The pineal gland is a part of the endocrine system and has an important effect on the body. But what is it, where is located, and exactly what does it do?
The pineal gland is a very small gland that is shaped like a pine cone. It is about one centimetre long and it is located between the two hemispheres of the brain and above the third ventricle of the spinal column. The pineal gland is made up of pinealocytes and glial cells. It is an endocrine gland that secretes melatonin.
The primary role of the pineal gland is to secrete melatonin. Melatonin is a derivative of the amino acid tryptophan, from which serotonin; the precursor of melatonin is derived. This hormone controls various body rhythms, in particular, the internal body clock and sleeping and waking patterns.
The pineal gland works in accordance with circadian rhythms. In times of darkness, more melatonin is produced and released. In daylight, melatonin production is greatly reduced. When night falls, melatonin is released, making a person feel sleepy. When dawn comes, the production of melatonin stops, helping people to feel wakeful and alert. Not only has research shown that melatonin regulates a person’s sleeping patterns, it may also regulate the hormonal changes that bring about sexual maturation.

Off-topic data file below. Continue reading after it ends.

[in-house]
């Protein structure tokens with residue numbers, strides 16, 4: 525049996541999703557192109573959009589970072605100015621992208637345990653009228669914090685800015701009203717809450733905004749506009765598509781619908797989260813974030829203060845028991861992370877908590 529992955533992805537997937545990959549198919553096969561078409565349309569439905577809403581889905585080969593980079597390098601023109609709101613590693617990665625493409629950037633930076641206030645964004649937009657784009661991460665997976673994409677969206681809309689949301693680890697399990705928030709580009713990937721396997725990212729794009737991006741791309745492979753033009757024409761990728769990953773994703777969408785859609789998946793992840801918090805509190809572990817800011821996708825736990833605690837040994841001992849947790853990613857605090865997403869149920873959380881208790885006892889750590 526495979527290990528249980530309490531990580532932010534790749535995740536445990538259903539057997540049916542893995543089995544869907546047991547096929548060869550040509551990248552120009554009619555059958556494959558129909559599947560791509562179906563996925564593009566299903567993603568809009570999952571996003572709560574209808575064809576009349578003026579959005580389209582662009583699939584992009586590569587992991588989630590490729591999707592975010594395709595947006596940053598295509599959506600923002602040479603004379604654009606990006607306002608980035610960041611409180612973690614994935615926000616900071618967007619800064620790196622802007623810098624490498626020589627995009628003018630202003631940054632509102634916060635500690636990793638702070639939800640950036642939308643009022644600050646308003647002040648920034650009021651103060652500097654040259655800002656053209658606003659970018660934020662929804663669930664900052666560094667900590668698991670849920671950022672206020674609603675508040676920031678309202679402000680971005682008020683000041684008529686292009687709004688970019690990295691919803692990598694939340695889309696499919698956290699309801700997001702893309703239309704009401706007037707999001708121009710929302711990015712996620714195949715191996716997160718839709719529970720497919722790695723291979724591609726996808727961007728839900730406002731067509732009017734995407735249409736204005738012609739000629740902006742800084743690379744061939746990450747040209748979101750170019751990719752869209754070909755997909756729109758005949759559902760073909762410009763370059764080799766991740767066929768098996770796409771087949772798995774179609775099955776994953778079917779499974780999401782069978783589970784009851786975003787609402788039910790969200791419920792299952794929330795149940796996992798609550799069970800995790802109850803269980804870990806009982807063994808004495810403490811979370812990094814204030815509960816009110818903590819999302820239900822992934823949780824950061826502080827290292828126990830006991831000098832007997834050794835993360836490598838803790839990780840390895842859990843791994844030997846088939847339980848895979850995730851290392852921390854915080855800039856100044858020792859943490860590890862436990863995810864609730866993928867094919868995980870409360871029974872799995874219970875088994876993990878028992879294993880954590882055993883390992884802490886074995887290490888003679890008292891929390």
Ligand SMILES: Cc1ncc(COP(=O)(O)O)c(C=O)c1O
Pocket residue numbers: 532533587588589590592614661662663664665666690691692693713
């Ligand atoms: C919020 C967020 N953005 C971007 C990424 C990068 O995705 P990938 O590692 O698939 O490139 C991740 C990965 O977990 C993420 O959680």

The production of melatonin by the pineal gland is influenced both by the time of day and also by age. Children under 7 years of age have much higher levels of melatonin. Adolescents have lower levels and adults even lower levels. It is thought that melatonin stops the child’s body from undergoing sexual maturation. This is supported by the fact that sex hormones such as luteotropin (that plays a role in the development of sexual organs), only emerge when melatonin levels decline.